The state of the Republican Party

By Julian del Prado

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Donald Trump, Chairman and President, The Trump Organization, speaks at the 2014 Conservative Political Action Conference (CPAC) at the Gaylord Resort in Oxon Hill, MD, Thrusday, March 6, 2014. This year is the American Conservative Union's 50th anniversary and the theme is "Getting it Right for 50 Years." (Pete Marovich/MCT)

Donald Trump, Chairman and President, The Trump Organization, speaks at the 2014 Conservative Political Action Conference (CPAC) at the Gaylord Resort in Oxon Hill, MD, Thrusday, March 6, 2014. This year is the American Conservative Union’s 50th anniversary and the theme is “Getting it Right for 50 Years.” (Pete Marovich/MCT)

With John Ashcroft, the former attorney general under George W. Bush, coming to campus this week, questions about where the Republican Party is heading are bound to turn up. In the wake of Barack Obama’s presidency, which had an explosive start with Obamacare and fizzled out over the next seven years, where do Republicans stand? Even though the Tea Party is consistently criticized as being the fringe of the GOP, Rand Paul (a Tea Party favorite) has won the CPAC straw poll two years in a row. Amidst all the outrage at the deadlock in Congress, the Republicans who won the House of Representatives in 2010 have been fighting Obamacare and government waste in a way which is consistent with their platforms. This contrast between the national coverage of Congress and the political realities within each constituency makes it rather hard to say what kind of shape the GOP is in. My guess, however, is that the GOP is in as good a place as it has ever been to win the presidency in 2016.

The Tea Party has caused seemingly endless problems within Congress since it became a major player following the 2010 midterms. While the GOP has received significant blame for the deadlock in Congress, the Tea Party has received a mountain of criticism. Initial coverage of the party was disastrous for the GOP, especially when allegations of racism and religious fundamentalism became part of the mix. However, the Tea Party has remained virtually unscathed throughout the process. When one thinks of the future of the GOP, the Tea Party is both active and resilient, and has great potential for mobilizing voters. Without a doubt, the Tea Party is one of the most involved interest groups in the country. Unlike the Sierra Club, AARP or most of the various interests that Americans participate in funding, the Tea Party has a broad base of active members who are willing to mobilize and discuss politics on a regular basis in local communities. What’s more, Tea Party candidates are popular among young people, as Rand Paul’s success in the straw poll shows. Despite criticisms, the secular nature of the Tea Party allows it to appeal to voters who want conservative governance but who feel that traditional social conservatism is too intrusive.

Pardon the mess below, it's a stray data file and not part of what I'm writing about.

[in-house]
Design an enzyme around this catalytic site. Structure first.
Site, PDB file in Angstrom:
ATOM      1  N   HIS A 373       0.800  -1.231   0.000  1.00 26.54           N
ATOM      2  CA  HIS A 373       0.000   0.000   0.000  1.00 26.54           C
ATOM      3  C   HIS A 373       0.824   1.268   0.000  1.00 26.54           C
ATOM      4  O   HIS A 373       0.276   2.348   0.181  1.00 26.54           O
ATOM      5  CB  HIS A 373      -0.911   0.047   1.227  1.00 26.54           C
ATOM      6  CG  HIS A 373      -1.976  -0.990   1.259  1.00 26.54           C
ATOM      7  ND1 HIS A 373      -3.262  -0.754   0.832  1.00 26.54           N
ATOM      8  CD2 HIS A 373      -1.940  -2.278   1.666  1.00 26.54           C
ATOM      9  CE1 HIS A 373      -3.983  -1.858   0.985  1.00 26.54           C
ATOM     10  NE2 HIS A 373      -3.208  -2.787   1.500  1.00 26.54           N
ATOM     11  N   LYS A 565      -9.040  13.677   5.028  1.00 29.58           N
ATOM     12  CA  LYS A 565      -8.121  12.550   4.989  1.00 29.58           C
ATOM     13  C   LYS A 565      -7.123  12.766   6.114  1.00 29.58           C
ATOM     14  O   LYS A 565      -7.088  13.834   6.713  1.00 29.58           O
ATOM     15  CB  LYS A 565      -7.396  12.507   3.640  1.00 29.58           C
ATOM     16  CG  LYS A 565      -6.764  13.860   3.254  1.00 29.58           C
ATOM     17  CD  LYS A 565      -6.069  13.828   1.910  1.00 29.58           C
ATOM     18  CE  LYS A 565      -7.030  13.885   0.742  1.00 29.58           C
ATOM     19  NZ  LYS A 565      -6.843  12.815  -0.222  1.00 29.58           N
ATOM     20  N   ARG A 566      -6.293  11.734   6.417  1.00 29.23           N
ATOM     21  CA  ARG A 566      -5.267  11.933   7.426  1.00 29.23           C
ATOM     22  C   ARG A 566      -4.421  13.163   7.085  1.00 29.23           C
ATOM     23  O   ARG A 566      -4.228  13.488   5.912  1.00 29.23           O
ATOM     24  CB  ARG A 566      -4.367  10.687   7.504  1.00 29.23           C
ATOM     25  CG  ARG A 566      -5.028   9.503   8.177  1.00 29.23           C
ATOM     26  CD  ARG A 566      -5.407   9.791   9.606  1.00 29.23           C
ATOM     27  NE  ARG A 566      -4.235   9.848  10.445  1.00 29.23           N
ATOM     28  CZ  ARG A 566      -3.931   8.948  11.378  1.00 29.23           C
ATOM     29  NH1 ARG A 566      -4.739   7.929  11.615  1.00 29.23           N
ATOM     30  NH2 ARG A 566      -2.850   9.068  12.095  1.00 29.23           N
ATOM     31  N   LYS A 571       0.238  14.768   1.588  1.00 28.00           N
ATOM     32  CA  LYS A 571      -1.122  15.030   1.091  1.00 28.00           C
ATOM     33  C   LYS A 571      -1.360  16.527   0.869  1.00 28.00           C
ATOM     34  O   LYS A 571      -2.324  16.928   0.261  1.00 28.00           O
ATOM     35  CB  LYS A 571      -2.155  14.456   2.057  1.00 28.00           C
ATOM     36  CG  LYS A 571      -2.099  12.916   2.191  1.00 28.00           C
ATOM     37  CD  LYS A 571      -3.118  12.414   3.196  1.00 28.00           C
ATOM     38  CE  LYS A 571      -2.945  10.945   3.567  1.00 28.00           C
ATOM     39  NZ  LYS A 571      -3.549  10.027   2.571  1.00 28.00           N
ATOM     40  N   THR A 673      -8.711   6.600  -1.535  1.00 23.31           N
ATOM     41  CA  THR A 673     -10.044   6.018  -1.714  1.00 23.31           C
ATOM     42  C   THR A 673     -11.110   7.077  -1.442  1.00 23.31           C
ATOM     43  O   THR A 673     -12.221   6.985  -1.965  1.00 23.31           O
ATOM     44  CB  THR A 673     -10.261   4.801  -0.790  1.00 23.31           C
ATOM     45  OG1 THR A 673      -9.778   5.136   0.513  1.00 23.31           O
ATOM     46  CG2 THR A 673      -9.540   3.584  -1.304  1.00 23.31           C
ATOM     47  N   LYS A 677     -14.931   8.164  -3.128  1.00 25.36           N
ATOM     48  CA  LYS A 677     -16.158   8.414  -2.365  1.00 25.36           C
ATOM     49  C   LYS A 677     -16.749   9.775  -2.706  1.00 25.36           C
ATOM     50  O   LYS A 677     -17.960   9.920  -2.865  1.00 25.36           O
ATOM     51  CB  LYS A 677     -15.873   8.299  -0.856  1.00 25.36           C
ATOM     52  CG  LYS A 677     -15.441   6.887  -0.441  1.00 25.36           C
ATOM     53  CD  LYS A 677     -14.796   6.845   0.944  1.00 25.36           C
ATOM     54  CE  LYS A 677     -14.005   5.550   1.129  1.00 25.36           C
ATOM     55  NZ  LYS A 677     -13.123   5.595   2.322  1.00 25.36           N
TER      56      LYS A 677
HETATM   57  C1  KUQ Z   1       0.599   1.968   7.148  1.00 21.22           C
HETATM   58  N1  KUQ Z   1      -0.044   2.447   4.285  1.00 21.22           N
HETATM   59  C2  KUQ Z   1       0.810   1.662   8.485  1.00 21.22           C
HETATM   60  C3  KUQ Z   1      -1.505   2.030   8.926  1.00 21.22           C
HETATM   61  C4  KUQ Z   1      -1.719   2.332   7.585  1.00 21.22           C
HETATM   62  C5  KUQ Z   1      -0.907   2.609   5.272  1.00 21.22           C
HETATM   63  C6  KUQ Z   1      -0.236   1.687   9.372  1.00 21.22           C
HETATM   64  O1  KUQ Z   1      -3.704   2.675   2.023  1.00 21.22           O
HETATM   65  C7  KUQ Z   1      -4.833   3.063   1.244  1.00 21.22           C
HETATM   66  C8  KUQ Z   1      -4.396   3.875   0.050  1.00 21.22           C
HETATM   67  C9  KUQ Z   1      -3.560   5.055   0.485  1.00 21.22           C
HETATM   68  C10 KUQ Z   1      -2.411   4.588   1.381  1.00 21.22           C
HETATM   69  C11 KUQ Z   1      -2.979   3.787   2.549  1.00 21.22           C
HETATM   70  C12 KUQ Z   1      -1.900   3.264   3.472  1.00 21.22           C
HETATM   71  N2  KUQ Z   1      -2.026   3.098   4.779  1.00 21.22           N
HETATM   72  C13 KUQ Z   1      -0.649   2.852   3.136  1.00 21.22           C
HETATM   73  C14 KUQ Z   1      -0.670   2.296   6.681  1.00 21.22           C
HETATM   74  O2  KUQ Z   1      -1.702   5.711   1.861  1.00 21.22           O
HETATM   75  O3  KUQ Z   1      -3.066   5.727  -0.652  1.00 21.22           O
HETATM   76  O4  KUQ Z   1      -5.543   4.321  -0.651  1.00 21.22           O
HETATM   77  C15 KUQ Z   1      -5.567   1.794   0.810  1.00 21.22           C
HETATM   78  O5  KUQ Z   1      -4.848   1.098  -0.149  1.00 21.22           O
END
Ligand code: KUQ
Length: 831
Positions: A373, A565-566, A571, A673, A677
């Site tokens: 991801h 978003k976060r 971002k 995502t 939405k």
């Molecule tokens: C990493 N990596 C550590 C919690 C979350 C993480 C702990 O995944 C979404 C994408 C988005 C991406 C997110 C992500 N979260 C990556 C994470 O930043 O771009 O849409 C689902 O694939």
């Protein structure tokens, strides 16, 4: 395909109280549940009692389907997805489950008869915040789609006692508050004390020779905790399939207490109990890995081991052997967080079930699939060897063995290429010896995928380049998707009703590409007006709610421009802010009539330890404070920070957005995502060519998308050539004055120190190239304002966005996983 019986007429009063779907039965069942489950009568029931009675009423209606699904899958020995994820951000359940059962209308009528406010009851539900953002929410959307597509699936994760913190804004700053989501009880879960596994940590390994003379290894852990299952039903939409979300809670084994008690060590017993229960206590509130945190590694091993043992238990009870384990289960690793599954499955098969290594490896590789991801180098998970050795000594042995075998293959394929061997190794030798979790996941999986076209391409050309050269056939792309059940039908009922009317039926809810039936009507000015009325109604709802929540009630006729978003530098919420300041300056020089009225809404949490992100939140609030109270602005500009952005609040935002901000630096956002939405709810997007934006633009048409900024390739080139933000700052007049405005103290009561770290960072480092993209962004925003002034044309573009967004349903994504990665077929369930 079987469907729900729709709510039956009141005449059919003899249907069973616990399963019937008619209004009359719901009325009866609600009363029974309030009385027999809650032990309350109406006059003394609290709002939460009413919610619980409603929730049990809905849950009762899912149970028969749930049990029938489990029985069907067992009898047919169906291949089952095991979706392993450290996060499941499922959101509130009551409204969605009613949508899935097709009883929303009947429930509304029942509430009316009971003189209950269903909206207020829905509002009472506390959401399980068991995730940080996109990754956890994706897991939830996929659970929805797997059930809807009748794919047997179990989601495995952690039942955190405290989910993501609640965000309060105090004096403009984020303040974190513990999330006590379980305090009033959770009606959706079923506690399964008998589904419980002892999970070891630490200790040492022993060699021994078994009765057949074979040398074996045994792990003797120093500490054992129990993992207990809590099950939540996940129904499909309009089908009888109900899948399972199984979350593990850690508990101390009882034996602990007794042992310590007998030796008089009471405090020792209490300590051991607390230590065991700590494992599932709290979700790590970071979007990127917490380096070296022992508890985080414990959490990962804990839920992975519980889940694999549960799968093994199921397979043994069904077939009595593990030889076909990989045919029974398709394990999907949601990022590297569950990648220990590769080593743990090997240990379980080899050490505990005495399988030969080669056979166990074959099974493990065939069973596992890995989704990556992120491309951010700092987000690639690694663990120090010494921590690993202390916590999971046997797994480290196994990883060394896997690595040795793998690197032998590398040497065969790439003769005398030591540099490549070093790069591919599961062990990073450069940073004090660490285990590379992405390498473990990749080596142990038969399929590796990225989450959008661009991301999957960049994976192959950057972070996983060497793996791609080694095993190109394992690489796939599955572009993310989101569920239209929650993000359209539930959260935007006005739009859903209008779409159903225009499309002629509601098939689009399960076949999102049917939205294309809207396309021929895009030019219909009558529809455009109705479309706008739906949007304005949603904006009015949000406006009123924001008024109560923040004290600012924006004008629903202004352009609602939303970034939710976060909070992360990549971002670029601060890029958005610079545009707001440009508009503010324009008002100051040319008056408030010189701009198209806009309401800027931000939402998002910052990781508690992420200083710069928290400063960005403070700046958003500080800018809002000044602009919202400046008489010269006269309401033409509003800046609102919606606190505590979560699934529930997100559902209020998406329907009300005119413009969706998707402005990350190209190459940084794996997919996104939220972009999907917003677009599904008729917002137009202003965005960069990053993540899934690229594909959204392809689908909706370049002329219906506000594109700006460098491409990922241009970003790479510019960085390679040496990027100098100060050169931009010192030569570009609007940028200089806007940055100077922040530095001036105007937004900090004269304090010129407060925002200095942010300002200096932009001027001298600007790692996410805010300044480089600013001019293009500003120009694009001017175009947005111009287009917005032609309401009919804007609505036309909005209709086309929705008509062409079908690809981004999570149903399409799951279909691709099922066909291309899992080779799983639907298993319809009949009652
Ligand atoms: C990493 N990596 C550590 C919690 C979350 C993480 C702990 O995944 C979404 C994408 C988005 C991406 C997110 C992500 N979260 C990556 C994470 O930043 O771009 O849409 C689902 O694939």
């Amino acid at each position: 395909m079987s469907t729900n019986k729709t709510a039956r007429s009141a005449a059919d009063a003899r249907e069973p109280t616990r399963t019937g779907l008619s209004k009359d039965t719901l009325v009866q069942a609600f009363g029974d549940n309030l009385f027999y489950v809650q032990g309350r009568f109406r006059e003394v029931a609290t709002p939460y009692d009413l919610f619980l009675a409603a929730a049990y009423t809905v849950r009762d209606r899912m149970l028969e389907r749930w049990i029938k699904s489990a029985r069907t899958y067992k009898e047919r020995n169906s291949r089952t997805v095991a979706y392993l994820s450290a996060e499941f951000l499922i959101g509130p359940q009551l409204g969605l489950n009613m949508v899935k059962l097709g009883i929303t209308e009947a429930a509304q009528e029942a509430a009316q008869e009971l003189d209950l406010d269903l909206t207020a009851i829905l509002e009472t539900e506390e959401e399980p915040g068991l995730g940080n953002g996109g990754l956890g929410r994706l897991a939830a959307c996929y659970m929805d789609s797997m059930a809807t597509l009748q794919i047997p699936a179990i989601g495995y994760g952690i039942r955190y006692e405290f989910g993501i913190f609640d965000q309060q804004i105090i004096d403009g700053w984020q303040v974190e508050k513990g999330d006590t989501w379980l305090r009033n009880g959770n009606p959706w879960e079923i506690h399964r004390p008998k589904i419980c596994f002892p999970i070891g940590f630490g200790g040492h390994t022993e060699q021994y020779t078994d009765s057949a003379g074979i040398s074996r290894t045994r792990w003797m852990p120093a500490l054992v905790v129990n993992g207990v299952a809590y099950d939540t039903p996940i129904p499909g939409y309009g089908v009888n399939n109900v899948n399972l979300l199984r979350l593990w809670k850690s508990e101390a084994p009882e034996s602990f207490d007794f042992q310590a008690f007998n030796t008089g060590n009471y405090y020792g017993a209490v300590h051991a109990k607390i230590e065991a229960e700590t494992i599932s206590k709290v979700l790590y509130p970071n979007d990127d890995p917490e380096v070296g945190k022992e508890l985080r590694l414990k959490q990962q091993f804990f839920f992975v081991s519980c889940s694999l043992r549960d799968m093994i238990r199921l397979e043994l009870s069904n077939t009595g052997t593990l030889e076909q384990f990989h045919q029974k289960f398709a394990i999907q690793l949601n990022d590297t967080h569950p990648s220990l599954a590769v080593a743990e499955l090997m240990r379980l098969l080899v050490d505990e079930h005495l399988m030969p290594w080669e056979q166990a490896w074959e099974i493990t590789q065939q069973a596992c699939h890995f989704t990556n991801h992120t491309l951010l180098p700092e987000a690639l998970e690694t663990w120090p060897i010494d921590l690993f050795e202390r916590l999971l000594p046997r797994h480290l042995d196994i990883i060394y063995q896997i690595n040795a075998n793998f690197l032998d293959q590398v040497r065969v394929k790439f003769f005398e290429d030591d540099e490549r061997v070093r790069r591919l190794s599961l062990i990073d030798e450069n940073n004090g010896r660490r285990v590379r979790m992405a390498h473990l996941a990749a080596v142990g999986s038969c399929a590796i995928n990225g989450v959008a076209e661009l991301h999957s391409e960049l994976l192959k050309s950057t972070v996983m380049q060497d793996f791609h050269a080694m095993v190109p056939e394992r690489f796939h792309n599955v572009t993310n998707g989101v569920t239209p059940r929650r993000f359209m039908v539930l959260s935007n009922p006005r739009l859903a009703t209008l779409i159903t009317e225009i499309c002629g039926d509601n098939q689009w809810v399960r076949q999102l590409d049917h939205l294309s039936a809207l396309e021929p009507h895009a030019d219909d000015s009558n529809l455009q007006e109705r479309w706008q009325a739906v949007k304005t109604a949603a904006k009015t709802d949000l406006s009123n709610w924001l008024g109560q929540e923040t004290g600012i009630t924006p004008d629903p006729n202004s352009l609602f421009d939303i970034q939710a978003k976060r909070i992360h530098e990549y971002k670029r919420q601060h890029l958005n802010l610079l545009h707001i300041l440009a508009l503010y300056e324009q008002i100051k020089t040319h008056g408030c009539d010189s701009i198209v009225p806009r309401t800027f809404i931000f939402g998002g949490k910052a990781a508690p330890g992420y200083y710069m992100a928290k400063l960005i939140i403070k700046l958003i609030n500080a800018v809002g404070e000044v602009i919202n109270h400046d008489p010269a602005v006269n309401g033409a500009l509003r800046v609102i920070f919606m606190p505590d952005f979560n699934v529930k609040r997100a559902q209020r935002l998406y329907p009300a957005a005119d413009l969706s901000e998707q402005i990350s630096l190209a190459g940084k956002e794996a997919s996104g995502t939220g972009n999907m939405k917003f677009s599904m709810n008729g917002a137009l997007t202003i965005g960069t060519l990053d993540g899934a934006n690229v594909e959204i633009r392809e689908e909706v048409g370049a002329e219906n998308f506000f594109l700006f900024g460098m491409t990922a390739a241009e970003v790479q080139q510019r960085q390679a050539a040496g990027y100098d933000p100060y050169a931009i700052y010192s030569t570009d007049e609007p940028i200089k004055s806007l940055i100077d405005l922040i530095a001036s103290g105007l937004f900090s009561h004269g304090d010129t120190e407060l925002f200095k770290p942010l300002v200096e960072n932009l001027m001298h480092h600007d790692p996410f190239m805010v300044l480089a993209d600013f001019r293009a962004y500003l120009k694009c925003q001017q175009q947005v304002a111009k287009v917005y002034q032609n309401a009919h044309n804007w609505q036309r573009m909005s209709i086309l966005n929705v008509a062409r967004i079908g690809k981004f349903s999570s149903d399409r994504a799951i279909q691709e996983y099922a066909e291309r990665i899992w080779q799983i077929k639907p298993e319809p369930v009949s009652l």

While Hillary Clinton is all but assumed to be the next Democrat running in the general election, the Republican Party has a broader range of competent candidates. New Jersey governor Chris Christie provides a middle-of-the-road conservative with an excellent record, Bridge-gate notwithstanding. Rand Paul is an excellent speaker and his commitment to fiscal policy is promising for the many Americans who haven’t received any of the benefits of the current recovery. Whereas previous Republican primaries showcased bickering and an excessive degree of infighting, the next round of candidates (even Ted Cruz and Rick Santorum) have all committed themselves to a more stable coalition. While the Democratic Party is more hostile to Republicans than ever, Republican candidates are showing themselves to be committed to the various interests within the GOP.

Although Republicans might be looking at a high turnout and great candidates, they still face a threat to their continued legitimacy in the government. Criticism of the previous administration might have aided the Obama campaign in 2008, but will certainly not be enough to bring about a GOP victory. Criticism is no longer enough, and the Republicans will have to be prepared with a comprehensive and well-rounded platform if they hope to have a chance in 2016. Issues like the attack in Benghazi and Obamacare, while crucial, threaten to bog down the GOP’s platform and hurt its legitimacy. It doesn’t help that the GOP hardly embraces the Tea Party. John Boehner has been unable to put forward a comprehensive Republican plan, leading to tension between the two factions. This generational disagreement between traditional conservatives and the Tea Party is something which could pass in time, or it could be a wrench in the ambitions of the GOP. Depending on whether this up and coming group can be successfully integrated into the GOP, the 2016 election could really go either way.

Julian del Prado is a Collegian columnist and can be reached at [email protected]